The bad news: Most patients not making changes to reduce cardio risk

Fewer than half of patients considered candidates for cholesterol-lowering treatments are actually implementing the treatments, which include exercising more, taking statin medication and losing weight. “Cholesterol treatment gaps” are greater among non-white ethnic groups in the United States than they are for Americans who are white.

Mood matters! Patients with negative emotions before interventional procedures have more adverse outcomes    

Adverse effects after angioplasty and interventional radiology procedures are more common in patients who are fearful or distressed prior to the procedures. Patients who went in with negative emotions were more likely than those with positive or neutral emotions to experience prolonged lack of oxygen, low or high blood pressure, post-operative bleeding or an abnormally slow heart rate.

Hospital staff don’t feel prepared for a mass casualty event

Are critical care and emergency room (ER) staff ready to handle the next terrorist or other mass casualty event? Two-thirds of the physicians and nurses surveyed recently said no. They’re concerned about shortages of available surgeons, beds and blood supplies. 

What healthcare leaders must do to improve patient outcomes

Outcomes-based patient care requires a paradigm shift that has yet to occur for many in healthcare management, according to a Harvard Business Review blog post. Successfully adapting to this new business model requires investing time and money over the long haul, plus taking two other key actions, the post says.

Hospitals drowning in paperwork 

Did you know that in many hospitals, every two hours of patient care causes one hour of paperwork? It's even worse for emergency rooms, which have a 1-to-1 ratio of paperwork to patient care. Those are just two of the findings in "Patients or Paperwork? The Regulatory Burden Facing America’s Hospitals." The report, by PriceWaterhouseCoopers (PwC), was commissioned by the AHA. 

For more healthcare facts, click here

And for the full report, click here

Best of Cardio and Healthcare News: Week of 11/23/15  

Did you have a chance to check out the latest news from the cardiology community? We've captured the top industry stories from this week that you won't want to miss.

After Obamacare implementation, public still rates healthcare good or excellent

Implementation of the Affordable Care Act (AKA Obamacare) hasn’t changed how Americans rate their healthcare, according to a new Gallup poll. More than half of the respondents rated their healthcare good or excellent, but less than 24 percent were satisfied with healthcare costs. Healthcare coverage was rated positively by only 33 percent.

Diagnostic ECG waveform reading in Carestream Vue Motion viewer cleared by FDA

The U.S. Food and Drug Administration (FDA) has given clearance for diagnostic reading of electrocardiogram (ECG) waveforms on mobile tablets and desktop displays using Carestream’s Vue Motion universal viewer. The new capability would allow physicians to give faster responses to ST segment elevation myocardial infarction (STEMI) and other serious heart conditions. It would also allow physicians to simultaneously view current and prior ECGs using tools that include pan, zoom, line measurement, caliper, and gain and speed adjustments.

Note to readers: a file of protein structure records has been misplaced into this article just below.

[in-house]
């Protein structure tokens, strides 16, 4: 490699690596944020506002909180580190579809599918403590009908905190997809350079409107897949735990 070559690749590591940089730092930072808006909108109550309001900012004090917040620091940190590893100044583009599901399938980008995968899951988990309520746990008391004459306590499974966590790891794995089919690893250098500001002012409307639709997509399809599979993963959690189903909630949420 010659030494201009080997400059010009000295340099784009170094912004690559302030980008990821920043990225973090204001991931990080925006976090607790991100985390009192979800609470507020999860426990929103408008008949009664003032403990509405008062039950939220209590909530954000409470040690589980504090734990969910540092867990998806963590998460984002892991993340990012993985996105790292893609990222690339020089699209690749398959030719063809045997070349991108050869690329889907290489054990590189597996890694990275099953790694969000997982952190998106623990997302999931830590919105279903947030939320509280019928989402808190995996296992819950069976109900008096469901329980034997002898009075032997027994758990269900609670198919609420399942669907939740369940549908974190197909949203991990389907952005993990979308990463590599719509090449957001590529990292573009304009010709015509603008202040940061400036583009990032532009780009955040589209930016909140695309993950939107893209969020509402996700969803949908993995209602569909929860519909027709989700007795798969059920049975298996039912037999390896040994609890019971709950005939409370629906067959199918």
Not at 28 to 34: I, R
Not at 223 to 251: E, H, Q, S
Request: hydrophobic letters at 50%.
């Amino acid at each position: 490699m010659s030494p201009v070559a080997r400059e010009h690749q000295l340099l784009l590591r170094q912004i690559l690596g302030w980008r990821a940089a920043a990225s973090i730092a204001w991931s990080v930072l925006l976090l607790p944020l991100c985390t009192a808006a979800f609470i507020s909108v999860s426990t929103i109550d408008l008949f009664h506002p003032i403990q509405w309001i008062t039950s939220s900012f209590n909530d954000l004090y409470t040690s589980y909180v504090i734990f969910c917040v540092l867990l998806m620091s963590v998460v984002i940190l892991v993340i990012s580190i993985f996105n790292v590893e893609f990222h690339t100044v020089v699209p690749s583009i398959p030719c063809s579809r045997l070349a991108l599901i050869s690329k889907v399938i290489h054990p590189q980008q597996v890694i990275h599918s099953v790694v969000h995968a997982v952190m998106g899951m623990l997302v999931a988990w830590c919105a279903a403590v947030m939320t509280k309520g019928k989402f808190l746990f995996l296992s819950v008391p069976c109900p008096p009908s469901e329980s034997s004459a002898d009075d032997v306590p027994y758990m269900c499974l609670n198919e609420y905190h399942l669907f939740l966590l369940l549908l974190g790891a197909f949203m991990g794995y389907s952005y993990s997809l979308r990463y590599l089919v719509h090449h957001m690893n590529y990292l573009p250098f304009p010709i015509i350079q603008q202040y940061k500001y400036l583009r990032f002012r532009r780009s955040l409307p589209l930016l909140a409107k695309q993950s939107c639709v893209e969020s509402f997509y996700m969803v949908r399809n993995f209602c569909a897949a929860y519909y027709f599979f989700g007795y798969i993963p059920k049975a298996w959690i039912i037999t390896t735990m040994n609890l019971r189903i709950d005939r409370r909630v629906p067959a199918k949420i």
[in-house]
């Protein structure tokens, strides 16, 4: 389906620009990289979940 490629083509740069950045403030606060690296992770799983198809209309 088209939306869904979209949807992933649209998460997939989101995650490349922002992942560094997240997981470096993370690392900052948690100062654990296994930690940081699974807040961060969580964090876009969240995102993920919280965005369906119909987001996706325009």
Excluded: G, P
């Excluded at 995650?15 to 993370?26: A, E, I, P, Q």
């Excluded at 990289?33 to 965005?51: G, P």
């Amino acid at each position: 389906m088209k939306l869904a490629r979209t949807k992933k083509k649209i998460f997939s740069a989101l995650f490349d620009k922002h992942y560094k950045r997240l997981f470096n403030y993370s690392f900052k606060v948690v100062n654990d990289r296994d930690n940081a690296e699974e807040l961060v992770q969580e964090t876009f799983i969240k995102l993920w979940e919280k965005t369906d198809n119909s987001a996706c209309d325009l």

Cardiac outcomes improved after using intravascular ultrasound in stent implantation

After one year, patients with long coronary lesions who were implanted with an intravascular ultrasound-guided everolimus-eluting stent had a significantly lower rate of major adverse cardiac events compared with those implanted with an angiography-guided stent, according to cardiovascularbusiness.com. “Patients were implanted with an everolimus-eluting stent (Xience prime, Abbott Vascular) for long coronary lesions and randomized to receive intravascular ultrasound-guided or angiographic-guided stent implantation immediately after their pre-PCI angiogram,” the site reports. One year later, 2.9 percent of patients undergoing intravascular ultrasound-guided stent implantation suffered major adverse cardiac events, compared with 5.8 percent of patients in the angiographic-guided group.

Cardio-diagnostic processes improve with smart ECG stethoscope attachment

Rijuven’s CardioSleeve for Pediatrics, the first device that adds electrocardiogram (ECG) capabilities to transform stethoscopes into smart, mobile-connected devices, has been cleared by the FDA. The device, which can be attached to any stethoscope, can analyze for arrhythmia or murmur and identify heart failure. 

Number and severity of migraine headaches reduced by dual antiplatelet therapy following transcatheter ASD closure

The use of dual antiplatelet therapy consisting of clopidogrel and aspirin–as opposed to aspirin alone–led to fewer and less severe migraine headaches for patients undergoing transcatheter atrial septal defect (ASD) closure. That’s according to a randomized, double-blind trial. About 15 percent of patients had new-onset migraine episodes following transcatheter ASD closure, previous studies found. 

Remote monitoring system for patients with implantable pacemakers gets FDA approval